As the preceding images suggest, vadological mobility can be quadrupedal or bipedal.
Arguably, some birds, like herons or sandpipers, are unipedal waders, preferring to stand or hop about on one leg when in shallow water. Asian elephants are some ways quintipedal waders, purposing their trunk as both support limb and feeler when crossing tricky water courses.

This is a core theme of my 2019 book “Giants of the Monsoon Forest: Living and Working with Elephants” (New York: WW Norton).

Elephants ford a river in Indo-Burmese borderlands, 2016 (Jacob Shell).

A temporary log bridge along Sissiri River, Arunachal, India, dry season of 2016. When the wet season comes, the bridge will wash away and the river will be crossed by elephant (next images) (Jacob Shell)

Elephants carrying passengers across Sissiri River, wet season 2017 (Ayem Modi)

Burmay-Moti the elephant carrying passenger with bags of rice across Sissiri River, wet season 2017 (Jacob Shell)

Hpakant jade mining region, Kachin State, Burma, 2011 (Hkun Lat)

Kachin refugees with elephants fleeing their village in Hukawng Valley and crossing river during May 2018 violence (Jerome Palawng Awng Lat)

Kachin Independence Army (KIA) elephants ford the Tawang Hka (river) in the Hukawng Valley, Kachin State, 1989 (Shelby Tucker)

Elephants’ clearing post-tsunami debris, Banda Aceh, Indonesia, 2005 (Chris Stremmer)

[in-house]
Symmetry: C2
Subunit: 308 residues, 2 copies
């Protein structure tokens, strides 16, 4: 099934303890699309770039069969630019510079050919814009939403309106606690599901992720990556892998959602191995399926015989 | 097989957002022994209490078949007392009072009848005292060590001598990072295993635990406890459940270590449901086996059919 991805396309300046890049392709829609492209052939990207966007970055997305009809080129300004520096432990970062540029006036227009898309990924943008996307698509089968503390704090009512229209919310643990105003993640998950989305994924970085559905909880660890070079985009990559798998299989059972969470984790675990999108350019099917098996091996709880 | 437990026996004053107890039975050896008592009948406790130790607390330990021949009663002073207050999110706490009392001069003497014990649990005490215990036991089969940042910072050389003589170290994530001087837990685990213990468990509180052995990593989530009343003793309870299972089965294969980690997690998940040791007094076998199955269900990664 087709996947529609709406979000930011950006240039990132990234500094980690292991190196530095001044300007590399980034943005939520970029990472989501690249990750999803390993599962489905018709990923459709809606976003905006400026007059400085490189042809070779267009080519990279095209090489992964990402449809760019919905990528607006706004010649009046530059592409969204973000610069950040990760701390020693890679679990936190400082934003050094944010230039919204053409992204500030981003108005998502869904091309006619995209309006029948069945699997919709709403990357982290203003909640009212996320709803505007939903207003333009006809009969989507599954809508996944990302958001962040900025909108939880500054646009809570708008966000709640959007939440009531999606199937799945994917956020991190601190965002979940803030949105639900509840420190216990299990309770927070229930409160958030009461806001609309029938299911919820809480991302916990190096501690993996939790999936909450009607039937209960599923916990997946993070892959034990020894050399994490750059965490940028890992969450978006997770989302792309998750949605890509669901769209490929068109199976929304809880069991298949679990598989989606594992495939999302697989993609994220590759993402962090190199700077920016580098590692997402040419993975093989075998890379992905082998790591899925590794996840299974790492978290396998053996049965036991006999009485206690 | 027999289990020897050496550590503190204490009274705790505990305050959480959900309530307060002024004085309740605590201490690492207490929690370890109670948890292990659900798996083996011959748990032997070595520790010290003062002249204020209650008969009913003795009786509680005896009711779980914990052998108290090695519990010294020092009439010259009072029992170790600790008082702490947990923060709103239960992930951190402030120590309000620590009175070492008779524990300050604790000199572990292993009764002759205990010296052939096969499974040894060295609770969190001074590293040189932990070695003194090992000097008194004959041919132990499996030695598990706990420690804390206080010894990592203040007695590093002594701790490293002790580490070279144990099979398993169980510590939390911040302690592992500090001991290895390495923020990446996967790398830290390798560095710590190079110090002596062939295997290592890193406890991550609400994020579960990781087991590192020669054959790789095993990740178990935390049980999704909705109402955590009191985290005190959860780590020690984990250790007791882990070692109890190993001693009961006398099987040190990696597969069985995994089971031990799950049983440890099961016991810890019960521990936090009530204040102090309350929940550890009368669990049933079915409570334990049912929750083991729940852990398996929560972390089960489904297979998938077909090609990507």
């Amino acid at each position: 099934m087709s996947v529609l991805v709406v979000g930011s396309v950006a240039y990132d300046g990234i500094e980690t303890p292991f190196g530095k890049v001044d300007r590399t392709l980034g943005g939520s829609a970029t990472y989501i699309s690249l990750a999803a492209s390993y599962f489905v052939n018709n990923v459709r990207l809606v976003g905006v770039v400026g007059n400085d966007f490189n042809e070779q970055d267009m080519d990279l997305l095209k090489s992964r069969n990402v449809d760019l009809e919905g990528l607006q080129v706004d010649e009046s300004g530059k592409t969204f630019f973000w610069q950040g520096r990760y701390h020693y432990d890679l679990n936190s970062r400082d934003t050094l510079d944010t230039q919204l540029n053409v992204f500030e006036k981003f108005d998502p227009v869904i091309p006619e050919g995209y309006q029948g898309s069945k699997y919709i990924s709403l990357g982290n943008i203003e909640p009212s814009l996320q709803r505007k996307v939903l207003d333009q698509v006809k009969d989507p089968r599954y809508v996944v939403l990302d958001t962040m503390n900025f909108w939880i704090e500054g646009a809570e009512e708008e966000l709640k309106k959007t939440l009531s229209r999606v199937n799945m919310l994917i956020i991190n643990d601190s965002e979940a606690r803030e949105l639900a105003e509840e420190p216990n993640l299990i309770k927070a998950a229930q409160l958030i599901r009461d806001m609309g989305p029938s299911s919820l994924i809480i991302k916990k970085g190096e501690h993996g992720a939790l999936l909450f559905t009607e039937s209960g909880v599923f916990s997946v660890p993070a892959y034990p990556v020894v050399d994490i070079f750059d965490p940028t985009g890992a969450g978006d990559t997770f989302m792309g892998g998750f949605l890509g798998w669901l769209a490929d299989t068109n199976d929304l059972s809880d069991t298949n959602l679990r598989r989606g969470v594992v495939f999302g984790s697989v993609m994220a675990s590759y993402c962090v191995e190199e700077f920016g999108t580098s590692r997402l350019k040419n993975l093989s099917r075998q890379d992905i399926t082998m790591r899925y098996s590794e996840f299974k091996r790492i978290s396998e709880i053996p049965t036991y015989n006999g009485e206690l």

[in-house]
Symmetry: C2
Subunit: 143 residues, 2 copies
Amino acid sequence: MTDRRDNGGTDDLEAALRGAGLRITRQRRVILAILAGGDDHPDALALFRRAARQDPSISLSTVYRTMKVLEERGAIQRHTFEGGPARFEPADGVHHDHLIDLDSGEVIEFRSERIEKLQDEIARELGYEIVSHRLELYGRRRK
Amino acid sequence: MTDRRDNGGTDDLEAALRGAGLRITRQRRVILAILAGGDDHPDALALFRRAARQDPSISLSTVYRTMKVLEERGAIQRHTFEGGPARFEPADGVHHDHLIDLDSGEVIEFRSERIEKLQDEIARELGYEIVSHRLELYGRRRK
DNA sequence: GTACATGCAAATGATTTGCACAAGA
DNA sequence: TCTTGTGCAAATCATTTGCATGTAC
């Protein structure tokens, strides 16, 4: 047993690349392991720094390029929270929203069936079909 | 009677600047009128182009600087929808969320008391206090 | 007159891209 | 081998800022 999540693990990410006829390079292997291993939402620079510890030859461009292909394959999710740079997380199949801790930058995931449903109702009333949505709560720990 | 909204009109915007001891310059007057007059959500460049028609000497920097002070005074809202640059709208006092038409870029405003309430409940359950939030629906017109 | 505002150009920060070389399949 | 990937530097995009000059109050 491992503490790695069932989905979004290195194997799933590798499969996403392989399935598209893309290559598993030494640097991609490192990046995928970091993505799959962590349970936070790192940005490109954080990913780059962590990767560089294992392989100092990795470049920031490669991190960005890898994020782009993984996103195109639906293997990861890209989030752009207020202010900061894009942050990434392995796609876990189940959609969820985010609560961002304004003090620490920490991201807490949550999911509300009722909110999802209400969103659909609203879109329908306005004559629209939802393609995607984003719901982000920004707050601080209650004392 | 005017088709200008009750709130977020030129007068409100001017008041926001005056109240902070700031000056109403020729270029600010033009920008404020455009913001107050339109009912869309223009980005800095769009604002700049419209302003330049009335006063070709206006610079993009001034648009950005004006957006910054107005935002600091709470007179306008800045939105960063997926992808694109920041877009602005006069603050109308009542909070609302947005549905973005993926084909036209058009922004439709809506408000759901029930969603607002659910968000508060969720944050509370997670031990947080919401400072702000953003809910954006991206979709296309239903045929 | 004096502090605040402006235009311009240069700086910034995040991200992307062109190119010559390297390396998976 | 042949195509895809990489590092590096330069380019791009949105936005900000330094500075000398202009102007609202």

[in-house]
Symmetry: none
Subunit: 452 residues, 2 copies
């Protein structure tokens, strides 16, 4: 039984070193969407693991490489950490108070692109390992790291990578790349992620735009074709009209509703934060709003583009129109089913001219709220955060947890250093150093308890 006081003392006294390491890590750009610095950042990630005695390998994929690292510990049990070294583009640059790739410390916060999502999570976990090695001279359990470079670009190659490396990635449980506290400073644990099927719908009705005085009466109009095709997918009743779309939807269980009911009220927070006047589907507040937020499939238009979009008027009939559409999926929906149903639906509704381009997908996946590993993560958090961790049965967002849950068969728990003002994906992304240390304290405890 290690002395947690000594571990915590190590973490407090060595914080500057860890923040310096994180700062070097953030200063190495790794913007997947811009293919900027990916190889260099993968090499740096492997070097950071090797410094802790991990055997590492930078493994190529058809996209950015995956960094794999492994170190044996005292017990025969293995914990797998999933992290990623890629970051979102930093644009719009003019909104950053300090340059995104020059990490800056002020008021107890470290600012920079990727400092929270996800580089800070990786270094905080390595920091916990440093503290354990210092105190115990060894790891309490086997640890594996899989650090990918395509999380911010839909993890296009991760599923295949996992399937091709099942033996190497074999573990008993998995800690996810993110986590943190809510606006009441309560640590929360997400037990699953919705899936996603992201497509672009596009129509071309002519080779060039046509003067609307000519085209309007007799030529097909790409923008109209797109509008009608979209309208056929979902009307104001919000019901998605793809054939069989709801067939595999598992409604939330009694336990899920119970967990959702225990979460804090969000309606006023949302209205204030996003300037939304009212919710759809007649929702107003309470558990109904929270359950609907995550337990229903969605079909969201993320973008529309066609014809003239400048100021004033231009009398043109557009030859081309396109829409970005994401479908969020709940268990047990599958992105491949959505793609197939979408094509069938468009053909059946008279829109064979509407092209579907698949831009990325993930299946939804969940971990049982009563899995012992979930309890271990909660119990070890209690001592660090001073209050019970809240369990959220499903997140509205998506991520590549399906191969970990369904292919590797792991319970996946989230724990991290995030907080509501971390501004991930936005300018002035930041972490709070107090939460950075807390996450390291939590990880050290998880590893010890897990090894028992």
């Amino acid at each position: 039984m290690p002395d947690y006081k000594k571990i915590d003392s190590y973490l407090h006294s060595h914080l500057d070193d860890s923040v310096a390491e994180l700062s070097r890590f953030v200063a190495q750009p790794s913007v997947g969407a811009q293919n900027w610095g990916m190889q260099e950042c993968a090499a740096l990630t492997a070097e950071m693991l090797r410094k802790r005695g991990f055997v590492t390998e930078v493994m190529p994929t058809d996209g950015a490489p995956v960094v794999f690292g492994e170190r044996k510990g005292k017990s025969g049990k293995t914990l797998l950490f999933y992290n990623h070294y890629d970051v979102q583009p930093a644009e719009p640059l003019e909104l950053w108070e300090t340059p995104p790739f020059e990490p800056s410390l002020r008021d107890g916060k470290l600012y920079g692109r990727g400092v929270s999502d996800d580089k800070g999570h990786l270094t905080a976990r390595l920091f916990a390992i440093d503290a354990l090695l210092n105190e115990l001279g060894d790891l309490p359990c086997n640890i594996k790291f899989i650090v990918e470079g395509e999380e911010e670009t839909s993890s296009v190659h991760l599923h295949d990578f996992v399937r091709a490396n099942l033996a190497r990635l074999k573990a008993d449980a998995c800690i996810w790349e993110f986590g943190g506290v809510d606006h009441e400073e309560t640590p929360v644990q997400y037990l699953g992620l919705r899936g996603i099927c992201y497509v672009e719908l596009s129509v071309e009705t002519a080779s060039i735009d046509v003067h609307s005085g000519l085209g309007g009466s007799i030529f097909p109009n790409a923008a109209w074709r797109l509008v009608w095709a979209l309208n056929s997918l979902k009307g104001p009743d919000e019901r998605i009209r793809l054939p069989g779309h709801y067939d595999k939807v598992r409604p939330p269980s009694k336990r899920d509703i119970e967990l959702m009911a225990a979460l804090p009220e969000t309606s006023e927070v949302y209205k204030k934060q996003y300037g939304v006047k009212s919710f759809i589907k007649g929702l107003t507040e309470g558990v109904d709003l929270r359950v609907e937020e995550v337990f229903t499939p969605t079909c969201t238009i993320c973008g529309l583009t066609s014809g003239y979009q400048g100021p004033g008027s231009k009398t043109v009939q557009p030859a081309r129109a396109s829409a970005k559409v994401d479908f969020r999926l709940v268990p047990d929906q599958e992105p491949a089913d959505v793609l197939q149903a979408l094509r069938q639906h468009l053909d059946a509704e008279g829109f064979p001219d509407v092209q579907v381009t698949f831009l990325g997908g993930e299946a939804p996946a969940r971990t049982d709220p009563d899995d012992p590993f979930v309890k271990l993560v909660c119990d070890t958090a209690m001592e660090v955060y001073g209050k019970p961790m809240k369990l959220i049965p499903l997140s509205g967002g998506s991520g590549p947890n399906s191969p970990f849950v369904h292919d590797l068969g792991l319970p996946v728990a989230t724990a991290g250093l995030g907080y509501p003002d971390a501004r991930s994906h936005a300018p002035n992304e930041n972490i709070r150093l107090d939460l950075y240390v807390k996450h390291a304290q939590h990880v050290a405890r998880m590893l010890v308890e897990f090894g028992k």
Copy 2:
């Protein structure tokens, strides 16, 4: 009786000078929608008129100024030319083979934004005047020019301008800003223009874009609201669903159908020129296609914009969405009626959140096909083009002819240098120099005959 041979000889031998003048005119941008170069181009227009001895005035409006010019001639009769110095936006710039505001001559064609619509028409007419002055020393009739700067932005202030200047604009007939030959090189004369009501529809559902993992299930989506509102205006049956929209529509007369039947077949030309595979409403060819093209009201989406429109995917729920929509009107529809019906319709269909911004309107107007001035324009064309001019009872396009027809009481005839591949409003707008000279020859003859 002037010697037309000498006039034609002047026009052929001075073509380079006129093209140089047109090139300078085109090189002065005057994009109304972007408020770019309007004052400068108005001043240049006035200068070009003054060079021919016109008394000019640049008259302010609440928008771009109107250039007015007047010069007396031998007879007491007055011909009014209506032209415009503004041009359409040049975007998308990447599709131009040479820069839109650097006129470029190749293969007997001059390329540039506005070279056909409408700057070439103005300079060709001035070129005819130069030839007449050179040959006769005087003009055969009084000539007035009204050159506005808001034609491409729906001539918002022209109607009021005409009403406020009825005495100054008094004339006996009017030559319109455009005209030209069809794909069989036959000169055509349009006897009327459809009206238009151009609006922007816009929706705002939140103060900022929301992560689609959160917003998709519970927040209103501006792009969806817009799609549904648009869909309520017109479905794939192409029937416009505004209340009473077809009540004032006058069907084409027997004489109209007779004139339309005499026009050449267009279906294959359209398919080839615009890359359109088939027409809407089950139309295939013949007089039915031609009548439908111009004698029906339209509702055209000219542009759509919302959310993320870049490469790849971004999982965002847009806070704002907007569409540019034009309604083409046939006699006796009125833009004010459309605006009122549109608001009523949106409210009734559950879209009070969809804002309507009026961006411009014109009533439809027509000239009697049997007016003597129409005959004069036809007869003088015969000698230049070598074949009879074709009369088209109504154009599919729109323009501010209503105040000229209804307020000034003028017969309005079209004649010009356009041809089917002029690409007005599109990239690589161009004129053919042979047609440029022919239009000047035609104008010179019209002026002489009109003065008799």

Limerick, Ireland, during winter 2014 flood (Sean Curtin)

2017 Hurricane Maria flooding, San Juan, Puerto Rico (Ricardo Arduengo)

1853 Flood, Cork, Ireland. Note how horses and boats are presented as “rival” modes of transport during the urban flood (London Illustrated News)

1912 Flood, Norwich, UK (City of Norwich, Illustrated Record of the Great Flood)

1910 Flood, Paris (gallica.bnf.fr / Bibliotheque Nationale de France)

1908 Moscow Flood (Wiki Commons)

1908 Flood, Moscow (РИА Новости)

1908 Flood, Moscow

1908 Flood, Moscow

1909 Flood, Sioux City, Iowa, USA. Note the human riders' standing position (Mary L. Martin Postcard Shop, Ltd.)

1894 Flood, Portland, Oregon, USA (Portland City Archives)

In many cases, the preceding urban horse imagery is showing conditions in these cities prior to the development of more sophisticated and reliable local hydraulic systems. "Progress," from a certain point of view, means transitioning away from having to splash through flooded streets and towards investing in reliable levees, runoff channels and pump stations to keep city streets flood-free. Yet, with volatile local impacts due to climate change, and increasing numbers of people living in flood-prone terrain, I would suggest that some of these older, vadalogical methods of moving through floods merit reexamination. Indeed, widespread geo-engineering projects aimed at hydraulic stabilization may be contributing to environmental volatility and biological destruction in more ways than is generally appreciated.

Diagram from John Lewin’s 2010 study of medieval fords in England and Wales (Geoarchaeology 25-3 267-311)